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I'm running a two-part model on a health insurance claims dataset where I predict the probability of nonzero health care costs using a logistic regression (1st part), then predict the magnitude of the log health care costs using an OLS regression (2nd part).

Question: When calculating the expected health care costs = (prob. nonzero claim)x(expected claim amount)x(Duan Smear factor) what is the value for the expected claim amount for the zero $ claims?

For example in the following table:

    member  observed cost  prob. of nonzero cost  expected cost  predicted cost                         
    1       0              .3                     ?              (.3) x (?) x (ds factor)      
    2       0              .2                     ?              (.2) x (?) x (ds factor)      
    3       1,000          .6                     900            (.6) x (900) x (ds factor)  
    4       5,000          .7                     7,000          (.7) x (7,000) x (ds factor)   

what is entered into the expected cost column for members 1 and 2 if the OLS regression is only applied to the nonzero cost data? Do we score the zero cost claims using the OLS regression parameters to calculate expected cost?

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  • $\begingroup$ Consider adjusting your title to reflect the general statistical issue you are having. $\endgroup$ Feb 12, 2013 at 20:52
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    $\begingroup$ I think I've just spotted the issue here - you want to know for the purposes of calculating the Duan Smear factor correct? $\endgroup$
    – Corvus
    Feb 12, 2013 at 21:18
  • $\begingroup$ Yes - I should have specified for purposes of calculating the DS factor as well as calculating MSE for predicted vs. actual costs. $\endgroup$
    – RobertF
    Feb 12, 2013 at 21:27

2 Answers 2

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The OLS model is the model of expected cost given that there is a non-zero cost. Therefore by conditionality principal you simply don't use the data that has zero observed cost when fitting that part of the model.

Reading between the lines I'm guessing your real issue is how to calculate the Duan factors. The duan factors are usually calculated by using the residuals and so without getting the residuals how do you calculate the duan factors?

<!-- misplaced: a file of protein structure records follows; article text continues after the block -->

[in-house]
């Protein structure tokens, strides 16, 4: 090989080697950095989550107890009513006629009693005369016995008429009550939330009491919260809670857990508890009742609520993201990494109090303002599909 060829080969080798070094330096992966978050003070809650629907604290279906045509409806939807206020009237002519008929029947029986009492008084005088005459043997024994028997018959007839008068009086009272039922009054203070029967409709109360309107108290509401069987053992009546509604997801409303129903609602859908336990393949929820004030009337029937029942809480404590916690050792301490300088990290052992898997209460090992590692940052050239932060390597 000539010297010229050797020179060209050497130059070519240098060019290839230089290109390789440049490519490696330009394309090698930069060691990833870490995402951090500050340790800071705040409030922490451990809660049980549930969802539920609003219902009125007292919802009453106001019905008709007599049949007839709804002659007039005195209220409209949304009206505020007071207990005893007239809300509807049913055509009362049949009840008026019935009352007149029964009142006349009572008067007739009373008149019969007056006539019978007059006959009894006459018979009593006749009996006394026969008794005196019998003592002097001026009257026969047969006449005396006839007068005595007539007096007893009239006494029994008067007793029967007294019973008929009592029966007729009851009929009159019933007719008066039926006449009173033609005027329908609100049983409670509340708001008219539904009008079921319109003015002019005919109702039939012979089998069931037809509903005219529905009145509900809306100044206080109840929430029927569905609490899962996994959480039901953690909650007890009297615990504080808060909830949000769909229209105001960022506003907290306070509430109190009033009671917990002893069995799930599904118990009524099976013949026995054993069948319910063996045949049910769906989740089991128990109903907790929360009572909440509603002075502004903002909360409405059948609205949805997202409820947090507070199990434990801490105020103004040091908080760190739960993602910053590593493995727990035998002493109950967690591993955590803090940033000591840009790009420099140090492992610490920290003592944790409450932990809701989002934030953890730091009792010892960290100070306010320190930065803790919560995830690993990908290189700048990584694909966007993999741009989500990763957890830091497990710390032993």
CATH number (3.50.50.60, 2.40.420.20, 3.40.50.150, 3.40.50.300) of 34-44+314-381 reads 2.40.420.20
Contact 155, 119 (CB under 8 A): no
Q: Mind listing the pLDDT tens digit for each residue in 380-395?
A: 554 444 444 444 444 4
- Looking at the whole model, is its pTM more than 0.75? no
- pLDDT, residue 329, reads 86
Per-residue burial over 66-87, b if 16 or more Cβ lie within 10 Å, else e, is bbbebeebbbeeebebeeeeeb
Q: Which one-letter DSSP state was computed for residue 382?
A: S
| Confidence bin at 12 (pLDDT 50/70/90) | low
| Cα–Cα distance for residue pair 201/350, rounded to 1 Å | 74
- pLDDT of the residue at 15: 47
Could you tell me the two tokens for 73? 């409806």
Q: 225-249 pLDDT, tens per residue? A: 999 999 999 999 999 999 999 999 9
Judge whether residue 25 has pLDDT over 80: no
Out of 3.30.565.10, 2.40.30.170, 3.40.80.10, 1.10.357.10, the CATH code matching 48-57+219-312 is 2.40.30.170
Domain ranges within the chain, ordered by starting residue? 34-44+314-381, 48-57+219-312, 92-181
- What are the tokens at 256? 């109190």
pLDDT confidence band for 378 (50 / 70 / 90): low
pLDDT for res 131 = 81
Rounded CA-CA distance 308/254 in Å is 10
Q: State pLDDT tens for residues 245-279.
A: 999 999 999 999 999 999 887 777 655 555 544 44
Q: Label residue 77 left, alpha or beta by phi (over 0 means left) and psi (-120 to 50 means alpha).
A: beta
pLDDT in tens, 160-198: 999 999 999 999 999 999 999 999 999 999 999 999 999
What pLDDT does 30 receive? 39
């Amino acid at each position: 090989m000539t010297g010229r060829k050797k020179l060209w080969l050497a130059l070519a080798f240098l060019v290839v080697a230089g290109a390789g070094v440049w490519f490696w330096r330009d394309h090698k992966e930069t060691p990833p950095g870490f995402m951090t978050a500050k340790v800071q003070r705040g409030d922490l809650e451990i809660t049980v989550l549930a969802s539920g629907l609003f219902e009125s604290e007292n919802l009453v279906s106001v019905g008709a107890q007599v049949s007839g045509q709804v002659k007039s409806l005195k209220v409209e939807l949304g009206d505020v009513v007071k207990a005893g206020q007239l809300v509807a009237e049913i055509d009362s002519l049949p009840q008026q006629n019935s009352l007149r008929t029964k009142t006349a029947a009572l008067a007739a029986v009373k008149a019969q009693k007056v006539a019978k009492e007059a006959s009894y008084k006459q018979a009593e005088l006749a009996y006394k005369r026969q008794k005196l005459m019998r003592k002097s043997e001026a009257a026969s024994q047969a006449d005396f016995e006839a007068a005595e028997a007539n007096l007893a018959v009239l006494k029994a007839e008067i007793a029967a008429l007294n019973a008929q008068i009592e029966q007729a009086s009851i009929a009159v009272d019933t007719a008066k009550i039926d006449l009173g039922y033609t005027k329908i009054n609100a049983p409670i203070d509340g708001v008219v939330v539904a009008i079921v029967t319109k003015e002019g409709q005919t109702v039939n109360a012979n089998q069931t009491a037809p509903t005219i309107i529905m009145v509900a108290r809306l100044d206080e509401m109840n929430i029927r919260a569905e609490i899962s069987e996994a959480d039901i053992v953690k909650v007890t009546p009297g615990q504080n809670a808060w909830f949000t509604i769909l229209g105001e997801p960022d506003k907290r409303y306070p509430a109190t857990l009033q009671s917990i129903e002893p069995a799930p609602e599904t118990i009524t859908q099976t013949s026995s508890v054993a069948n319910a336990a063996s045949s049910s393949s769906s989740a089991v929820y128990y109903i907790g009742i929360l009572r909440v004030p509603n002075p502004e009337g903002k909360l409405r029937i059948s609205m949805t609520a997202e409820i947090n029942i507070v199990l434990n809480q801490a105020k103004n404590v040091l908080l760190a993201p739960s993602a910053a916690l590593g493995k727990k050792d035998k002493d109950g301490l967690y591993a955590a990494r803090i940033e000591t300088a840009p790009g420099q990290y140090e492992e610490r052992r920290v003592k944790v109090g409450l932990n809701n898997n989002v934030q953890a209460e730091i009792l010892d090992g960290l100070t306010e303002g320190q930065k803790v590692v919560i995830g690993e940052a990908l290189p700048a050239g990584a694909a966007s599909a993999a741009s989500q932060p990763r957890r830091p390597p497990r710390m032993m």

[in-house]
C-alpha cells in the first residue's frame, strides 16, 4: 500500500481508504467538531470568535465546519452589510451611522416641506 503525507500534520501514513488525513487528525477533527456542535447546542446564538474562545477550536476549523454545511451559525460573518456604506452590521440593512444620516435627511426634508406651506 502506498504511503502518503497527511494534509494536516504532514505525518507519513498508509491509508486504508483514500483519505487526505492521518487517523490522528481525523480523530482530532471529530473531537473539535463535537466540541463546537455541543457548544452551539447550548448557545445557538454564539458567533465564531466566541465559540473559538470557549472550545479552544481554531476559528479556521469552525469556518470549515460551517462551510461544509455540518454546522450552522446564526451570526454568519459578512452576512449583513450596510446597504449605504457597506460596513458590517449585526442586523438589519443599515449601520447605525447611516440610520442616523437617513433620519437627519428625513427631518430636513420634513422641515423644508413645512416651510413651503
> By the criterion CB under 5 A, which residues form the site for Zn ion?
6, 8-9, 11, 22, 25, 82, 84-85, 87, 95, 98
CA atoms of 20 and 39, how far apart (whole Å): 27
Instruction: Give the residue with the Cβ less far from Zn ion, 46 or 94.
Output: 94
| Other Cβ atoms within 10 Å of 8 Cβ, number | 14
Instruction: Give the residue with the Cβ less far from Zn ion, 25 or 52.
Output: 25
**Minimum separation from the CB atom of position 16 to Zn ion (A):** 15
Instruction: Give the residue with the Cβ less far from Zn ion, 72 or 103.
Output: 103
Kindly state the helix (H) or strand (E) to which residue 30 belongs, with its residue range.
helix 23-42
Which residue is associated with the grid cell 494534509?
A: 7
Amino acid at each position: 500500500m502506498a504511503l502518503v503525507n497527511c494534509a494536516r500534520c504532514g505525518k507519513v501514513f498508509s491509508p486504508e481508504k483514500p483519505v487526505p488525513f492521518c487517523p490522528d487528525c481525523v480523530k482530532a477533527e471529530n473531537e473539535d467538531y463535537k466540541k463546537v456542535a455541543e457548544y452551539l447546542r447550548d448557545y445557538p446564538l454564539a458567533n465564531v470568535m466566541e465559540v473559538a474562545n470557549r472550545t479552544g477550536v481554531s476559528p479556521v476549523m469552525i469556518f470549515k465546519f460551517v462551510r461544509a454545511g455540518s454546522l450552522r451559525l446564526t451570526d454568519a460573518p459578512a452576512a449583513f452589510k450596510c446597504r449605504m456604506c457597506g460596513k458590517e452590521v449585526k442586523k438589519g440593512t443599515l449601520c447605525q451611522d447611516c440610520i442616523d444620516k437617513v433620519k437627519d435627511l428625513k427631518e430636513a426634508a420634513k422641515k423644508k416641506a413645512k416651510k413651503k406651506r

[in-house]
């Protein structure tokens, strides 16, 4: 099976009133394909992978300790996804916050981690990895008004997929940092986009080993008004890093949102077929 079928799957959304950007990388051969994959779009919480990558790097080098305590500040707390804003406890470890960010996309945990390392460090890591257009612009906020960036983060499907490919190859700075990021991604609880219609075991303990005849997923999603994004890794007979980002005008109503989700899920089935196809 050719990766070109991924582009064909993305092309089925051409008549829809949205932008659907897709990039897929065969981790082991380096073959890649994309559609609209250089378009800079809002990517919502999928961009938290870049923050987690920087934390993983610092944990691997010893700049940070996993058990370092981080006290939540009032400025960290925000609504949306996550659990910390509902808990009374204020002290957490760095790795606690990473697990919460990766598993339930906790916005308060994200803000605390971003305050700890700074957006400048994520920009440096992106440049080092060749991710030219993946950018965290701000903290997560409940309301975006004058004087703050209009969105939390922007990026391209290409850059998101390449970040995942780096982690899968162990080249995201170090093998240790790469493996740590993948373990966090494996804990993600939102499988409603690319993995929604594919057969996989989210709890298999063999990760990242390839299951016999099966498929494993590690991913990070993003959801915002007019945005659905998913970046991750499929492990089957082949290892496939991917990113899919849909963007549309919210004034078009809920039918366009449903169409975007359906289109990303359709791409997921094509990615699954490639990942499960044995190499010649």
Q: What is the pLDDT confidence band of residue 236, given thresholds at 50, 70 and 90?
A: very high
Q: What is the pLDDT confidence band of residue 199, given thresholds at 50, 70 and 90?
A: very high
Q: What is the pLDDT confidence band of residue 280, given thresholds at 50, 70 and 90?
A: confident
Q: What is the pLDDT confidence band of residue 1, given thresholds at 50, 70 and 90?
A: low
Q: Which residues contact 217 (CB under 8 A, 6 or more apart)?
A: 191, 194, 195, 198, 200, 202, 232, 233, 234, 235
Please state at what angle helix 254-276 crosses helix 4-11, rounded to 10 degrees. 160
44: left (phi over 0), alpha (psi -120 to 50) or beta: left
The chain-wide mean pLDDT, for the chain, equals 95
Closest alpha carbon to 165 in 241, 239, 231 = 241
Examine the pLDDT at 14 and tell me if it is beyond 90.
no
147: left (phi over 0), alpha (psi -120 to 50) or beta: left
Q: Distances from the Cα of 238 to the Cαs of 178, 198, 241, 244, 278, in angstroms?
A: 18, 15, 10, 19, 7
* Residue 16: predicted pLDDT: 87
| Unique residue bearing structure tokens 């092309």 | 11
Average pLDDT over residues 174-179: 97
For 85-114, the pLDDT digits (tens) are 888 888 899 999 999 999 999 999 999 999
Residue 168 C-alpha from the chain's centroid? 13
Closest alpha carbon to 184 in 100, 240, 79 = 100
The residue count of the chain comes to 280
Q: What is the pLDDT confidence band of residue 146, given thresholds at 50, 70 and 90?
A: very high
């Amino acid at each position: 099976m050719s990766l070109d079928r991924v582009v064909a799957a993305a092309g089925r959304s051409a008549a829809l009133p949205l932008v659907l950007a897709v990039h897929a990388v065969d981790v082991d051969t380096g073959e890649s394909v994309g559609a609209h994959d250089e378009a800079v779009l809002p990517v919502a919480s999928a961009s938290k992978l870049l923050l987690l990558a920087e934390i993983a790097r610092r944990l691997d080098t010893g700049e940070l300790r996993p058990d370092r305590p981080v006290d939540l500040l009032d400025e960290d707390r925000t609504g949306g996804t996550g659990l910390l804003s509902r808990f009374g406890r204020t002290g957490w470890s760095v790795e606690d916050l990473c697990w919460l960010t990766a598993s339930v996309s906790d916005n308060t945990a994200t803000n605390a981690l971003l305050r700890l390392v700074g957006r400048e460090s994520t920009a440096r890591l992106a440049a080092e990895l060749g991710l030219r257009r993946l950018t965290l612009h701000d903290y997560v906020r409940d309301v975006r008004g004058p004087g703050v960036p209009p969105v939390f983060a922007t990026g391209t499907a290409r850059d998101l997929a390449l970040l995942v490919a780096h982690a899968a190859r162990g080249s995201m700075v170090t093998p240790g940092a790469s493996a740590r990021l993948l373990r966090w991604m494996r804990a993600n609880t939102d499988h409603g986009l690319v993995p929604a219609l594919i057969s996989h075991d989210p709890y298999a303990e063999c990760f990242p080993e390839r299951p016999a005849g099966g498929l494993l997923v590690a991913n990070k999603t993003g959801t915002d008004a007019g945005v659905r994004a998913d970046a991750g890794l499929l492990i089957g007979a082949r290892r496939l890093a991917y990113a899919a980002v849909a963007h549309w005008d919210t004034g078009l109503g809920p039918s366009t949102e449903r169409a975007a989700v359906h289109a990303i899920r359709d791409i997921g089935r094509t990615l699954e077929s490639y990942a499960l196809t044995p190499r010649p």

The key here is to look carefully at the model and think about what the Duan factors are there for.

You want to know the expected loss $E[L]$. This is given by the expected loss given non-zero loss times the probability of loss, $E[L] = E[L|L>0]P(L>0)$. The Duan factors come in because you are not fitting your model to $E[L|L>0]$, but rather to $E[\log(L)|L>0]$. The Duan Smearing attempts to correct for this bias using the residuals of the fit. It should now be clear that the correct thing to do here is to only use the residuals from the OLS fit when calculating the DS factor.

Effectively treat this as two separate bits of analysis. First discard all the zero losses, then with the data that remains fit your OLS model and calculate the DS factor. The put your dataset back together and fit the logistic model.

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  • $\begingroup$ Thanks Corone, this is helpful. If we're ignoring the data w/ observed cost of zero, won't the predicted cost be biased? If we're modeling nonzero health costs via an OLS regression, then multiplying the expected cost by the prob. of nonzero cost, seems like on average we'll undershoot the actual cost since the prob. will always be < 1.00, right? $\endgroup$
    – RobertF
    Feb 12, 2013 at 21:33
  • $\begingroup$ It depends what you want - do you want the expected cost, or the expected cost given cost > 0? I am assuming these zero costs are "real" - not just "missing data" $\endgroup$
    – Corvus
    Feb 12, 2013 at 21:37